Then, just keep your big stash of grain in an aluminum trash can – that way, you won’t attract any rodents. Mice and rats could eat through a plastic tub – but aluminum is rodent-proof.

If you do have to use goat feed, don’t despair – it’s still possible to keep the chickens out of it. Just limit when the goat feed is out – to when you’re out there and present. Goats don’t need feed that’s out all the time, especially if they do have some pasture and hay, too. So you could totally handle feed like you do a grain supplement.

If the chickens are far too enthusiastic about the goats’ feed, make sure you feed the goats before you let the chickens out of their coop or run. That should also be a huge tip for keeping the chickens out!

How to keep goats out of chicken feed

Next, let’s keep the goats out of the chicken feed.

The best way to do that is to have two separate feeding options for the chickens.

  1. Inside the coop or chicken area of a barn, hang a feeder full of the appropriate feed for your chickens. Chickens can eat fed on demand.
  2. Outside of the coop, let chickens forage and scratch for whatever they can find and want to eat. Don’t keep any feed outside of the coop.

Then, your chickens will need a chicken-sized entrance to their dedicated area. That will keep the goats out of your chicken’s feed. We use an automatic door as the entrance. That way, it’s small enough for a single chicken at a time – and we also don’t have to go open or close it every day to give the chickens daily access to the pasture.

Our chickens have a hanging feeder in their indoor coop and run area. That way, they can eat whatever they want. We also keep their crushed oyster shell in their coop and run area. We also keep a 5-gallon bucket (with watering nipples) in there so they can always get water.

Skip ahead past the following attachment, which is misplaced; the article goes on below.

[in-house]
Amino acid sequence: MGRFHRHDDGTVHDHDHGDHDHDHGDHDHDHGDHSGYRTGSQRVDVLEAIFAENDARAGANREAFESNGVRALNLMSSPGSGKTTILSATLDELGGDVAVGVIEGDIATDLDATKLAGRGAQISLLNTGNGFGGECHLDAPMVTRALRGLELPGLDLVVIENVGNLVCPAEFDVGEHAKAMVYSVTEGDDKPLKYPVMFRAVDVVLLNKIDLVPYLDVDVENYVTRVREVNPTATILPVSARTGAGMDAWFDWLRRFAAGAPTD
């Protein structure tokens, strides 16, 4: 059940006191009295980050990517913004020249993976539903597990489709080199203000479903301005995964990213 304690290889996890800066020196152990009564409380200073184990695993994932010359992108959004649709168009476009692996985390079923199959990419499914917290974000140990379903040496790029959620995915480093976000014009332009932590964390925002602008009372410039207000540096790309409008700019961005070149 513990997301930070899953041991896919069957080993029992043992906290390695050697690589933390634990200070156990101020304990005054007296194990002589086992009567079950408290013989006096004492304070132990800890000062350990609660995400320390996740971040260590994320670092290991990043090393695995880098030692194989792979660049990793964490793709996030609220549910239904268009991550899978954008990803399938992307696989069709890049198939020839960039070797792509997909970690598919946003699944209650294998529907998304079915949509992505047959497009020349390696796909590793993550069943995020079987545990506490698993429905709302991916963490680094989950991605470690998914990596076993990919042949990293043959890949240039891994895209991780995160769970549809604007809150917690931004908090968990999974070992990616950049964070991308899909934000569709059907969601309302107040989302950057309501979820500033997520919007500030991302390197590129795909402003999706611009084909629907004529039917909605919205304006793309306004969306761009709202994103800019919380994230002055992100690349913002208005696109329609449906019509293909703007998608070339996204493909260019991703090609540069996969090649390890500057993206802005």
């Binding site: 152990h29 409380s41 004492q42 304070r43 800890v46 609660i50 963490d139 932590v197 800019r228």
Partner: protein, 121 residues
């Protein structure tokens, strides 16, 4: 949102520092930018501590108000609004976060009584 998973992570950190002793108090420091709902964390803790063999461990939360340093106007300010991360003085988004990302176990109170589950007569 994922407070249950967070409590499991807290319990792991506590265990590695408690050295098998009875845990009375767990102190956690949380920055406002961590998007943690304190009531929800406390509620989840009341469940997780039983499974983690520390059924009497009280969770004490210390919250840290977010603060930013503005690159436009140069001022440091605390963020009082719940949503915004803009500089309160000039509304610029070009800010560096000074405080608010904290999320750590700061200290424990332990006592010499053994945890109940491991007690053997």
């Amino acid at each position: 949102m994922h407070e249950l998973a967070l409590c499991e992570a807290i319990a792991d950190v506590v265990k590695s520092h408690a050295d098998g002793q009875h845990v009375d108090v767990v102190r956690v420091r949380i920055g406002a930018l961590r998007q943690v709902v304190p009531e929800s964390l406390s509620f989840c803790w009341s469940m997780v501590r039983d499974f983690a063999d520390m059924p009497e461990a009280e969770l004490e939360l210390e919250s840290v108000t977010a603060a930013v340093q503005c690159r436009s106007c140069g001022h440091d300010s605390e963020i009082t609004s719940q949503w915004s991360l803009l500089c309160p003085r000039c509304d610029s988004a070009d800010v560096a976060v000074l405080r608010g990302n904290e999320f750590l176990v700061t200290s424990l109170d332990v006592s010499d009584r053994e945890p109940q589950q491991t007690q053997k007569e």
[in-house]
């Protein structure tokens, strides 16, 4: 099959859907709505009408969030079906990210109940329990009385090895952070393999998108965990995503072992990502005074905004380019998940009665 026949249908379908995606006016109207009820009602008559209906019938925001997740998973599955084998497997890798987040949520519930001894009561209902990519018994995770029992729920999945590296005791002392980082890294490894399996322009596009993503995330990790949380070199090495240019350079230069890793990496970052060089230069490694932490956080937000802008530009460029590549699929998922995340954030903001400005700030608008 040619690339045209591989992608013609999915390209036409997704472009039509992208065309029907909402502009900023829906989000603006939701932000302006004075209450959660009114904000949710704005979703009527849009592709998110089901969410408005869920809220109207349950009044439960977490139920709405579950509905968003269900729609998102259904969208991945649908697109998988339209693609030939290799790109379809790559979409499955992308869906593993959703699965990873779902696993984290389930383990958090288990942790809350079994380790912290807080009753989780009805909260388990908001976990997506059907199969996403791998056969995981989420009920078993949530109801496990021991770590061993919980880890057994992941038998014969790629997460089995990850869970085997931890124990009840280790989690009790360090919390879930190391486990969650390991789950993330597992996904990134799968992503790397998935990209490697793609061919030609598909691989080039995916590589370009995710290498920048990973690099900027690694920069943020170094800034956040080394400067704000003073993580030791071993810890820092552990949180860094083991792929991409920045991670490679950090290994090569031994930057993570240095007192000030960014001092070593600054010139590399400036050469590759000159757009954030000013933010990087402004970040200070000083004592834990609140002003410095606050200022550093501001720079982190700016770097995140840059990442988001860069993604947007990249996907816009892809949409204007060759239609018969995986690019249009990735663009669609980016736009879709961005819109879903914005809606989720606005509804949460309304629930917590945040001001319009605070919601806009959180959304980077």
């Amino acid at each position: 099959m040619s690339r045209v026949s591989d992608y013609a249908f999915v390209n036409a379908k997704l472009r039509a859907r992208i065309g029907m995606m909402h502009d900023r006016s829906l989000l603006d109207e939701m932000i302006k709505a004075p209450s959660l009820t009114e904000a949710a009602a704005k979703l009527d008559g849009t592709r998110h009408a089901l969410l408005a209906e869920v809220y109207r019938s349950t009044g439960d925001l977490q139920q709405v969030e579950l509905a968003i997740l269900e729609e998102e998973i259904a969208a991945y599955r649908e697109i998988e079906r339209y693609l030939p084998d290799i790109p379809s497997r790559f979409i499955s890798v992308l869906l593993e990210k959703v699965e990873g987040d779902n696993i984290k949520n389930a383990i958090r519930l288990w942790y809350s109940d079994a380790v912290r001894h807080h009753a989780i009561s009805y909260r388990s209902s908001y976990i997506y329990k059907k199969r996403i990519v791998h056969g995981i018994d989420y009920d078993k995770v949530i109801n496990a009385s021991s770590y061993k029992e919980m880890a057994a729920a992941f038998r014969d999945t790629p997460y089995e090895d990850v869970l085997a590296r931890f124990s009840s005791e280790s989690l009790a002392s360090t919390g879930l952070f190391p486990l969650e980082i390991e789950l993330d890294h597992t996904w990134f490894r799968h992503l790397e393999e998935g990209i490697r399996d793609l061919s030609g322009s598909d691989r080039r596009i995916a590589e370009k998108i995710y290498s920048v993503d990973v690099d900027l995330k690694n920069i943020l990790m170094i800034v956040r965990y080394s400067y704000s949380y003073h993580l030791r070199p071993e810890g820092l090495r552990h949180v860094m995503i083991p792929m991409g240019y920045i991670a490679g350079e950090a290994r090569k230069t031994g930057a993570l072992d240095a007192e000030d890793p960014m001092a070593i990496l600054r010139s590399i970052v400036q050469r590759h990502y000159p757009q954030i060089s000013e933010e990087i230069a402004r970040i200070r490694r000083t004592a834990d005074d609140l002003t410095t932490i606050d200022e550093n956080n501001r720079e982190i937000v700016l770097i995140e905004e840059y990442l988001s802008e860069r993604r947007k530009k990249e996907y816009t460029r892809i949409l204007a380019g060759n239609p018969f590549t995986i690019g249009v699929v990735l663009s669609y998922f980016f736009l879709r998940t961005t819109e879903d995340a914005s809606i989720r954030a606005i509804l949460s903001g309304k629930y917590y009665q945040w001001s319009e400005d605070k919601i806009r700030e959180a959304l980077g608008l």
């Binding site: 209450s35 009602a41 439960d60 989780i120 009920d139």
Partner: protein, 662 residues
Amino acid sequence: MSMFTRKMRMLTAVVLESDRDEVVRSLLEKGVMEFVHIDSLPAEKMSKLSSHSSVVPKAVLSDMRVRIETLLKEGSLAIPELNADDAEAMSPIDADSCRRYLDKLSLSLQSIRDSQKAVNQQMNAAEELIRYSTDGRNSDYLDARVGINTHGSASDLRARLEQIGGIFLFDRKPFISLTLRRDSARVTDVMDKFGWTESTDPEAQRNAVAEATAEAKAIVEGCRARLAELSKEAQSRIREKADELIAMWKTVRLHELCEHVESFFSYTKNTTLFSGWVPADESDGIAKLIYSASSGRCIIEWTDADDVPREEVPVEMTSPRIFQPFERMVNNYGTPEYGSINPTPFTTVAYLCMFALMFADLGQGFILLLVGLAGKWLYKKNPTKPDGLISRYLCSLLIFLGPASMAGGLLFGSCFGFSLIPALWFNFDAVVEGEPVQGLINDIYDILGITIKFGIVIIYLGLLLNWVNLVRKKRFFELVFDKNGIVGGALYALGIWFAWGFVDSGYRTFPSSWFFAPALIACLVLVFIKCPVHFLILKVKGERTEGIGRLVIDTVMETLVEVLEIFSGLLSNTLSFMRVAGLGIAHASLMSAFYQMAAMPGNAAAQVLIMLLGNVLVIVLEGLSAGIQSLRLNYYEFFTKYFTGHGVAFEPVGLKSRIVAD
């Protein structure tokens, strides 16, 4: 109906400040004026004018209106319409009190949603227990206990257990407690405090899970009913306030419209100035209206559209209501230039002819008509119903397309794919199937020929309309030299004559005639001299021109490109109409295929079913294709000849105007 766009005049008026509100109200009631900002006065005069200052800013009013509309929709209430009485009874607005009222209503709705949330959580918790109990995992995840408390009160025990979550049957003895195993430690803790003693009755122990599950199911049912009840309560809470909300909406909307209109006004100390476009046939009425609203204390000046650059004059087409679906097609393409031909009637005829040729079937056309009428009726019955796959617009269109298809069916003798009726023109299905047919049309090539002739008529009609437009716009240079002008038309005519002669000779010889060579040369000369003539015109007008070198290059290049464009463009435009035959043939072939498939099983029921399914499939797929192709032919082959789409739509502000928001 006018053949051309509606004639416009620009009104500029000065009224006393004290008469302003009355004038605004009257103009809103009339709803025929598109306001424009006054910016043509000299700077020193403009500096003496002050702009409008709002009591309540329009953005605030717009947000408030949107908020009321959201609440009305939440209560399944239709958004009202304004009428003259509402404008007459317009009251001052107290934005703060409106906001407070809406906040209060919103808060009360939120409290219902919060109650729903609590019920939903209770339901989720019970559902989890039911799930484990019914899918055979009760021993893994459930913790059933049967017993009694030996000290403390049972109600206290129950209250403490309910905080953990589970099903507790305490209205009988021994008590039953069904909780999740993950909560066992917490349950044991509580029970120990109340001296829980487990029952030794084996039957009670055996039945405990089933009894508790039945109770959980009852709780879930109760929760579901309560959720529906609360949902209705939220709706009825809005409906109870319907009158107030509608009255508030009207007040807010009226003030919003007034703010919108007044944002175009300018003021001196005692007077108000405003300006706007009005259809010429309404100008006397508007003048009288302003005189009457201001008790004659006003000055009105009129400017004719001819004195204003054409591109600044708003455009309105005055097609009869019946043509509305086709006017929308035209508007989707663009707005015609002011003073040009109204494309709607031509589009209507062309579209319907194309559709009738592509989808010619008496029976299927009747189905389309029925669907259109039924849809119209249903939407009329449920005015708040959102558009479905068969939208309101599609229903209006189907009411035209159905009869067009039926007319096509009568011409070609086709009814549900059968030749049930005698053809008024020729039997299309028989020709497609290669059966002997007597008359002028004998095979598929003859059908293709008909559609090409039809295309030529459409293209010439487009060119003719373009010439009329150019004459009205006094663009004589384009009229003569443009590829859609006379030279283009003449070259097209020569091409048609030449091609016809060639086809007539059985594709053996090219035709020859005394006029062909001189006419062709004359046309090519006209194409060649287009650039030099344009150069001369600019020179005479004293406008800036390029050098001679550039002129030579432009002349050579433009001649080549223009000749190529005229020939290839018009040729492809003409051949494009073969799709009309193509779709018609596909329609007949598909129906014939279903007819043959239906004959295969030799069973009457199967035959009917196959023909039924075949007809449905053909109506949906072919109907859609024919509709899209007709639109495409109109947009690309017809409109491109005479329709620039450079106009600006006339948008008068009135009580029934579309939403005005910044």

But if our chickens want to forage for bugs and whatever else they want? Easy – they just go out their automatic chicken door into their pasture. If they ever want a drink of clean water or some chicken feed, they just head back into their coop and run.

That way, chicken feed is safe and secure – and away from other animals that shouldn’t be eating it anyway.

Let Chickens and Goats Help Reduce, Reuse, and Recycle

Chickens and goats are also amazing because they can help you minimize waste – especially if you’re into composting. But don’t worry – we’ll talk about composting later on in the article.

Even so, goats can help you reduce and process lots of weeds that other animals won’t touch. And that’s totally handy for weed control – especially because they can eat a lot of plants that are poisonous to other animals (like poison ivy).

Chickens can also help you reduce and reuse a lot of things – even leftover eggs and discarded feed that the goats now won’t touch.

My chickens love helping me process used kitchen scraps – whether they’re given directly to them or they dig them up from my compost pile if I forget to close the garden gate.

I’ve also heard of some homesteaders who gather the grain their goats didn’t eat – and they add that to any extra goat milk. Then, they’ll dump the extra grain into the milk and let it sit overnight. Apparently, it will create a soft cheese that their chickens love to eat. It’s not a tactic I’ve ever tried, but it’s definitely a cool trick and a way to not waste milk.